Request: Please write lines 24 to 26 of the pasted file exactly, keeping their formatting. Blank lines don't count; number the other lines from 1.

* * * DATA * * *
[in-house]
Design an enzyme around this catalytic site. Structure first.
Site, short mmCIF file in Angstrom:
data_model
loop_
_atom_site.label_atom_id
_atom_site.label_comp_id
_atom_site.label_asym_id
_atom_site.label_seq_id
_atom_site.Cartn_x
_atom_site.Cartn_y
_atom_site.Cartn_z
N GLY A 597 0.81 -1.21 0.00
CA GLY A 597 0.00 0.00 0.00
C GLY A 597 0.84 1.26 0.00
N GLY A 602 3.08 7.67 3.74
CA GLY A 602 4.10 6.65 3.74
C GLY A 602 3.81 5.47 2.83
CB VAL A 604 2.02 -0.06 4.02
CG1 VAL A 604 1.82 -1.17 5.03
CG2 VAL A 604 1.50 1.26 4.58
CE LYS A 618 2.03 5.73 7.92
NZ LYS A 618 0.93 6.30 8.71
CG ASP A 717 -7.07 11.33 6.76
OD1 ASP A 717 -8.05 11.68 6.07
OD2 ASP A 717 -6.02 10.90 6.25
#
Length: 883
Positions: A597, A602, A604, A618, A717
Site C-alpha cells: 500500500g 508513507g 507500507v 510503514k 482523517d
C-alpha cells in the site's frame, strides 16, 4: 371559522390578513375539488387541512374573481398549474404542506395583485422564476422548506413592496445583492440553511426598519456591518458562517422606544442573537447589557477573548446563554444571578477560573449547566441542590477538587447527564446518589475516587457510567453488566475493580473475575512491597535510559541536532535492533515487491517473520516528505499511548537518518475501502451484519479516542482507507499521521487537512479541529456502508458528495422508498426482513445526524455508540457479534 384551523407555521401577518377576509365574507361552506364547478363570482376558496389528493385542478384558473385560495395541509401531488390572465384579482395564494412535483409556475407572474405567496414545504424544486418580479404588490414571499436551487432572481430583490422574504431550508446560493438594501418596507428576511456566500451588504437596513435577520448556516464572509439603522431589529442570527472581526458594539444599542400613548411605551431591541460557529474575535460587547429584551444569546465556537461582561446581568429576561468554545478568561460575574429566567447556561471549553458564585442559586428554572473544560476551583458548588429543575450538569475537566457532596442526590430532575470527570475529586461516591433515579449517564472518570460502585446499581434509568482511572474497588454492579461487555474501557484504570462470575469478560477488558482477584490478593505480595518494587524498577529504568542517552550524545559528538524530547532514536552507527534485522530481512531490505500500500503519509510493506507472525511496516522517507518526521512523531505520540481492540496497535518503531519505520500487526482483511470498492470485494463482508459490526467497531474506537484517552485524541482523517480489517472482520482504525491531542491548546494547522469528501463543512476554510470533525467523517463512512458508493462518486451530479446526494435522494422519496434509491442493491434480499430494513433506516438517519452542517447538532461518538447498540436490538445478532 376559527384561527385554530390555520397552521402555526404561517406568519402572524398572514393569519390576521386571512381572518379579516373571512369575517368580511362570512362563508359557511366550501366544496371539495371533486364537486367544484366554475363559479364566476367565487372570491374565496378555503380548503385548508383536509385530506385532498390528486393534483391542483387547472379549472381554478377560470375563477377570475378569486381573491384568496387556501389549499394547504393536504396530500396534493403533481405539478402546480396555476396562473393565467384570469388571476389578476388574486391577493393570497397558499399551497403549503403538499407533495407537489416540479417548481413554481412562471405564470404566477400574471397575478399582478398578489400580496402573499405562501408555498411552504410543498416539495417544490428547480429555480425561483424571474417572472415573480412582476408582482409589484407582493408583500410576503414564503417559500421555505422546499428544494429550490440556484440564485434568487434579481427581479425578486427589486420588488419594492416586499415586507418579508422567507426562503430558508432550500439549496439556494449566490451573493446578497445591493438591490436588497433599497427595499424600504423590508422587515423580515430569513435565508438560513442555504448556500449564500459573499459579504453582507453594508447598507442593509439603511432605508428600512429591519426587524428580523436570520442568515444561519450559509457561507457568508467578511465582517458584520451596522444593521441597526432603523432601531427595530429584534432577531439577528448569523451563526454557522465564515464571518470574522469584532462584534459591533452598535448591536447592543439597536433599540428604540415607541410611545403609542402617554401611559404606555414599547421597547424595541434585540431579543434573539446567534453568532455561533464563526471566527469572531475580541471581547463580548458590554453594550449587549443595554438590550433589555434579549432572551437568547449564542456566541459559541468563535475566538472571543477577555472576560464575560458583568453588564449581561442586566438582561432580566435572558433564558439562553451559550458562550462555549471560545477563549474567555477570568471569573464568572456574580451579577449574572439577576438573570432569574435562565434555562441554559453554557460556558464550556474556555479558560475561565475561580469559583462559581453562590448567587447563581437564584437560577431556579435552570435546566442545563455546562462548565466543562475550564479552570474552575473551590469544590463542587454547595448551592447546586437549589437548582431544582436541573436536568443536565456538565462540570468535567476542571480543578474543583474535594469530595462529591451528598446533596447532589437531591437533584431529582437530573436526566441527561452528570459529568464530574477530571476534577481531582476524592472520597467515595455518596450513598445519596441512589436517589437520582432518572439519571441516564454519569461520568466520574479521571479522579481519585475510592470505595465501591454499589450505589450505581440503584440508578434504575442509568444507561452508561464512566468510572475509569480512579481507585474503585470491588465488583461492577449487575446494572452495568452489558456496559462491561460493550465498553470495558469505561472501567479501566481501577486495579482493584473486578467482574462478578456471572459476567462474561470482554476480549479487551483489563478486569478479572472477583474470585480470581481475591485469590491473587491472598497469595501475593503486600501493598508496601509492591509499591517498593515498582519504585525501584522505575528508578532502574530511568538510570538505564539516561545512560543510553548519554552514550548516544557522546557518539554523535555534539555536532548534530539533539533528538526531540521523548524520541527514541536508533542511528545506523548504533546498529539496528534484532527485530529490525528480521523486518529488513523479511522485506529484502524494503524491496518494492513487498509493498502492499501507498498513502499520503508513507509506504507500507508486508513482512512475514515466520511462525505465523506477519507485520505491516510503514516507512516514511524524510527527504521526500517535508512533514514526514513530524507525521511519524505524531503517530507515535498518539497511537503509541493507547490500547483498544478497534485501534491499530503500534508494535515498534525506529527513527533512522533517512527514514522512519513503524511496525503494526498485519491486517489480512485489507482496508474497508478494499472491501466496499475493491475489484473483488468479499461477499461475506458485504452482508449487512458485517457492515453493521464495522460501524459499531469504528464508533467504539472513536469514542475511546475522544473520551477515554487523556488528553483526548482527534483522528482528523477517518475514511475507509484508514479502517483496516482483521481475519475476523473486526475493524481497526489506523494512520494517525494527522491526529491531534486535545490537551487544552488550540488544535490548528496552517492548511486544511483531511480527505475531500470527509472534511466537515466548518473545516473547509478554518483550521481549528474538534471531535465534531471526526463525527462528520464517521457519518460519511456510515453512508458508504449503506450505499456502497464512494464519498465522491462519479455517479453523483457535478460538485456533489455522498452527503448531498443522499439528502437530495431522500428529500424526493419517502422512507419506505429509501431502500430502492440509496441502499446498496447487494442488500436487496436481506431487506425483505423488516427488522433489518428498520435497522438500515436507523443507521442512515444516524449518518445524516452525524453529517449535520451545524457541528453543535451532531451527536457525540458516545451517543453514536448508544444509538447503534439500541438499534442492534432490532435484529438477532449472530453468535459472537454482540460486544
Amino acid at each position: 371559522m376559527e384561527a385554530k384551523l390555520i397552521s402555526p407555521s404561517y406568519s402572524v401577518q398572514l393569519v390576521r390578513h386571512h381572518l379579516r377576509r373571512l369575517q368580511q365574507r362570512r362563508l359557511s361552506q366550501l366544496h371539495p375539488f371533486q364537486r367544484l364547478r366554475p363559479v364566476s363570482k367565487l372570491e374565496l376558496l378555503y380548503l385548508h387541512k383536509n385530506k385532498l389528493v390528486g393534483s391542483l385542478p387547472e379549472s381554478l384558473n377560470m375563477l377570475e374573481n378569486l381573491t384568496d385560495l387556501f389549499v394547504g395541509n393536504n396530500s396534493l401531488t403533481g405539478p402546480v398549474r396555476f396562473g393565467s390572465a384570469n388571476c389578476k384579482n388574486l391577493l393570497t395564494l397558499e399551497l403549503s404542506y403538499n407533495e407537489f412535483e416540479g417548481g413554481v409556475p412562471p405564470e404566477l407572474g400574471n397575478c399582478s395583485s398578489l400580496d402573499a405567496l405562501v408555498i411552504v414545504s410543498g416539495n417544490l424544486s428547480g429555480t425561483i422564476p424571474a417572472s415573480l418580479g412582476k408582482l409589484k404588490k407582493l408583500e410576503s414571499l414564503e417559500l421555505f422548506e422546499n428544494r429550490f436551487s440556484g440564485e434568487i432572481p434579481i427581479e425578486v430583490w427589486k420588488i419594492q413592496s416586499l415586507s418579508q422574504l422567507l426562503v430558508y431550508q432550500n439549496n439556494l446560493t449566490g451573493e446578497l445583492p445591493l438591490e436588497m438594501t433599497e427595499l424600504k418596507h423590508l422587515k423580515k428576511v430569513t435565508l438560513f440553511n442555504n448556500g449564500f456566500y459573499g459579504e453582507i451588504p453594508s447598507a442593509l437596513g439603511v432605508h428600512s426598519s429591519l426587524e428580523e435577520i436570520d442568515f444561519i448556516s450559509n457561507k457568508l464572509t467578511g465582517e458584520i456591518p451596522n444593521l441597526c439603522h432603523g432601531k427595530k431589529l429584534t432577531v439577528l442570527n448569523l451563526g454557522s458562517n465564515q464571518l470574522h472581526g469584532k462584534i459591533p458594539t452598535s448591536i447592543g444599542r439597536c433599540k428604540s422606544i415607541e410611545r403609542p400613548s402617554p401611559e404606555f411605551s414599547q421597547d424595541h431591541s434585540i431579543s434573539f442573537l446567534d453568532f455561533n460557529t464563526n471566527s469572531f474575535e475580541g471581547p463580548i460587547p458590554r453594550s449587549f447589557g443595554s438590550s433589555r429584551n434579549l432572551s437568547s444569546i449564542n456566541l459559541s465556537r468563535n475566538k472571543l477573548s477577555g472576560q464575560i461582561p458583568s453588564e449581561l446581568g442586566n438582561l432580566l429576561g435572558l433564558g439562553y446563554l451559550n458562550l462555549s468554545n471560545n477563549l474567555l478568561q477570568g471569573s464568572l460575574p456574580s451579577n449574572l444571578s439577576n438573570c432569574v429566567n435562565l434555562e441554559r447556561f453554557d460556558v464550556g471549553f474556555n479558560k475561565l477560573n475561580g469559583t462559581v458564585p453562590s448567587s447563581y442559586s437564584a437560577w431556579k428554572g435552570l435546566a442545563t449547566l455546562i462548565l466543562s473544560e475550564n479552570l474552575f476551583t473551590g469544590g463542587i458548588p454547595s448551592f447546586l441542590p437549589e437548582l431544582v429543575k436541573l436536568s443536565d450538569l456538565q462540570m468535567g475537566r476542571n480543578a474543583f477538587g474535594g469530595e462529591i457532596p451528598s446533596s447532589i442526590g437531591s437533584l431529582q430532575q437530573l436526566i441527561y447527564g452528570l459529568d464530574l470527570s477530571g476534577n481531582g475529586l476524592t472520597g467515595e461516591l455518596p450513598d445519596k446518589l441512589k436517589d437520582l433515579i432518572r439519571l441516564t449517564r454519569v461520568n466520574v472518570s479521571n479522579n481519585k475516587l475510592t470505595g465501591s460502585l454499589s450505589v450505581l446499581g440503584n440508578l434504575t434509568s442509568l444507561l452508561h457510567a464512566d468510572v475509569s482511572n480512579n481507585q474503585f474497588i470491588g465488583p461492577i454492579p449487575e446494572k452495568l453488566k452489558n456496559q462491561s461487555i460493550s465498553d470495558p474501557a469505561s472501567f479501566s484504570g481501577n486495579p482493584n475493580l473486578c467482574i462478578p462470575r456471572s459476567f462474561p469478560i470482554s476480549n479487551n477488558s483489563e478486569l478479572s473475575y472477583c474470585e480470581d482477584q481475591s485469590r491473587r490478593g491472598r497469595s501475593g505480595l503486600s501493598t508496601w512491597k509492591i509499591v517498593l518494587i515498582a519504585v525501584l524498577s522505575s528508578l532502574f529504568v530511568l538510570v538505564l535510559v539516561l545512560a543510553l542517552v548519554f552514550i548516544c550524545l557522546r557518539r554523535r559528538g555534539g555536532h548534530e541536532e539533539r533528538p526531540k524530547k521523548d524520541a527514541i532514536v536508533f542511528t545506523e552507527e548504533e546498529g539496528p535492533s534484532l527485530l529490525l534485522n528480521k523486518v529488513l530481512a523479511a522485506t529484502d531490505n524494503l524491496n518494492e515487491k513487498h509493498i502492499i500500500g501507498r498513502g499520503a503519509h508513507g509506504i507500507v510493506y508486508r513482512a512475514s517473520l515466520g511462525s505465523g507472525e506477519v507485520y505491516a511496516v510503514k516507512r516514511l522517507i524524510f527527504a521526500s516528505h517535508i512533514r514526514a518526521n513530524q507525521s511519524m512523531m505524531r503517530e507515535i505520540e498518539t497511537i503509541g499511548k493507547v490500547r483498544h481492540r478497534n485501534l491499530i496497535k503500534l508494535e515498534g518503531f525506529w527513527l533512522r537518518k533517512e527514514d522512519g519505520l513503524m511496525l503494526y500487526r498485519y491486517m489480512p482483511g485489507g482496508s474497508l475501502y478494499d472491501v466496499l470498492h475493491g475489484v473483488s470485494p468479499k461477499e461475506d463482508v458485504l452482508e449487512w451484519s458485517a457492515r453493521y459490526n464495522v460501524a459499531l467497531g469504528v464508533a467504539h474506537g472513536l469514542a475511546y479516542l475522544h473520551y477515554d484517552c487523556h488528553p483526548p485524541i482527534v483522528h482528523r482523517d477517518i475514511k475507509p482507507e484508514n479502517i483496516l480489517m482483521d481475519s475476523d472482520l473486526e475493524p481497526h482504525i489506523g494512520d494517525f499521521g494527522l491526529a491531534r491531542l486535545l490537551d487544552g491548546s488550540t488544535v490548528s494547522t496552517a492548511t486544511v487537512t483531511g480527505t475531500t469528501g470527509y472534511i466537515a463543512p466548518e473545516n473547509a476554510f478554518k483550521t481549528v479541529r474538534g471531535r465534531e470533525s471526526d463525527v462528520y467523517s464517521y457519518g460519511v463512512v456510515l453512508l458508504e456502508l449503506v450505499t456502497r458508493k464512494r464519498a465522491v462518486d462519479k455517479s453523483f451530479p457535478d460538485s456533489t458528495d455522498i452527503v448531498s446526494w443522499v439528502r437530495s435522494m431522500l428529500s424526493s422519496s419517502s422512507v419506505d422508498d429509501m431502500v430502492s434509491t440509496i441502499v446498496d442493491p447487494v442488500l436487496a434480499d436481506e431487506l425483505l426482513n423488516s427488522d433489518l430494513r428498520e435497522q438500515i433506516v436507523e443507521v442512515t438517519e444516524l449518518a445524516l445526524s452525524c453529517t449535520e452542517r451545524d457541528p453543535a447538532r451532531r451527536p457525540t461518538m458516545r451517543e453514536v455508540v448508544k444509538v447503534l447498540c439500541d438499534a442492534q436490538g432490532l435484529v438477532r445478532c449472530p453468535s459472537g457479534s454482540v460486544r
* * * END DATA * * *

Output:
CG ASP A 717 -7.07 11.33 6.76
OD1 ASP A 717 -8.05 11.68 6.07
OD2 ASP A 717 -6.02 10.90 6.25